Importance Of Storytelling In Child Development

Even in the digital era, storytelling plays a vital role for children in learning and understanding the world around them.

From the time the earliest Homo sapiens etched out their hunting adventures on the walls of the caves they lived in, storytelling has been woven into the very fabric of human culture. Not every culture that’s existed has been literate, but every single culture that’s existed has had its own stories. Perhaps that explains its universal nature. It’s a human trait that simply, endures.

Even today, in the digital hotchpotch that is the 21st century, storytelling plays a vital role. In fact, some would argue that it’s never been more vital. With an explosion in screen time and online content consumption for our children, there’s never been a more pressing time to engage them with a good ol’ fashioned paperback.

And if you need a little more persuasion as to just how beneficial storytelling is for children, read on.

Make sense of the world

As far as cultural empathy goes, stories are probably one of the most effective ways to enable our children to get an understanding of our world and the diversity in it. They get introduced to new countries, cultures, customs and people through stories. They develop an appreciation and understanding for things that they may not be familiar with, making them more cognizant of the world they live in.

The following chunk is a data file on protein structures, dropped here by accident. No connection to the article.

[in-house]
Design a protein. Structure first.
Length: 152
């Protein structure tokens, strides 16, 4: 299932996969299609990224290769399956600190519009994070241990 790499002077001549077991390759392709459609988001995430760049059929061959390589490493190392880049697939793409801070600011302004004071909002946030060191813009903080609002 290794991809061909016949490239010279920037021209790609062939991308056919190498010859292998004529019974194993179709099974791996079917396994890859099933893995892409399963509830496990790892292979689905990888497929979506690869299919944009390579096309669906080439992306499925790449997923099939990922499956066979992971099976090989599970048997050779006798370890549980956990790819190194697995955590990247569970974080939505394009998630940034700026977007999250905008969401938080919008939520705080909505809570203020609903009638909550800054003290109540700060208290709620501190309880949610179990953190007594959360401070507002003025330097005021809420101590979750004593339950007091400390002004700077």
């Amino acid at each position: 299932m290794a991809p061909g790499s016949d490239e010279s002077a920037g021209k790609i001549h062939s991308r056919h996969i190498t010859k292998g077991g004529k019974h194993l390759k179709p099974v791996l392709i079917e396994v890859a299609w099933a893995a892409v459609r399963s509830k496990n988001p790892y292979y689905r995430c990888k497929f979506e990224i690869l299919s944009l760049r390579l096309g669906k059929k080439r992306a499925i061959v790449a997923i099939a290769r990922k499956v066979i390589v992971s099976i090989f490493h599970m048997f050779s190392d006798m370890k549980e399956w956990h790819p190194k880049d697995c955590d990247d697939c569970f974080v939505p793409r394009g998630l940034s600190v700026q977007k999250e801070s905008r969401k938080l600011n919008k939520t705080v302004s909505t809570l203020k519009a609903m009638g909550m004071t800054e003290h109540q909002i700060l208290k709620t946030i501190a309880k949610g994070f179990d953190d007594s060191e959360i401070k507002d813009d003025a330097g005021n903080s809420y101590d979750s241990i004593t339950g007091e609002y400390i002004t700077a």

Fosters imaginations

The biggest drawback of consuming stories on screens is that it limits imagination. The story is, literally, playing out scene by scene. When you read to a child, there’s no screen playing ready scenes; it’s their minds doing all the work. Their mind is creating a fluid world that embraces the storyline, that chops and changes as they please. Stories fire up imaginations and sow the first seeds of creativity.

To focus

Attention spans and children simply do not get along. Their minds wander everywhere and nowhere, all at once. Stories, however, force children to focus. They keep them hooked. Their wandering minds are somewhat shackled by their curiosity to know what happens next in the story. You’re getting them to listen longer and listen better.

Better communicators

Stories help children communicate better. They ask what they don’t understand, they voice their opinions on the actions of the characters, they may even come up with alternate versions of the storyline. All this makes them better equipped to express and crystallise their thoughts and gets them to be able to express themselves more clearly.

An introduction to Perspectives

When storytelling is told to a group of children, it introduces them to a diversity of thought. They realise everyone has their own take, their own interpretations and their own perspectives on the exact same topic. It’s no more a monopoly of their thoughts. They learn to listen and respect the opinion of others, even when it may be poles apart from their own.

The greatest Bonding Experience (ever)

There’s nothing that’s as special as storytime. The wide-eyed wonder, half open mouths and even chortles and giggles as you go page by page into this world of limitless possibilities makes this an unforgettable bonding experience. It’s you, child and book. No screens, no interruptions, no popup ads.

So make storytelling a ritual. If not for the umpteen benefits, then to at least enjoy the perfect way to brighten up your day. Or wind it down. Make it your ‘thing’ with your child.

Disclaimer: The views expressed in the article above are those of the authors' and do not necessarily represent or reflect the views of this publishing house

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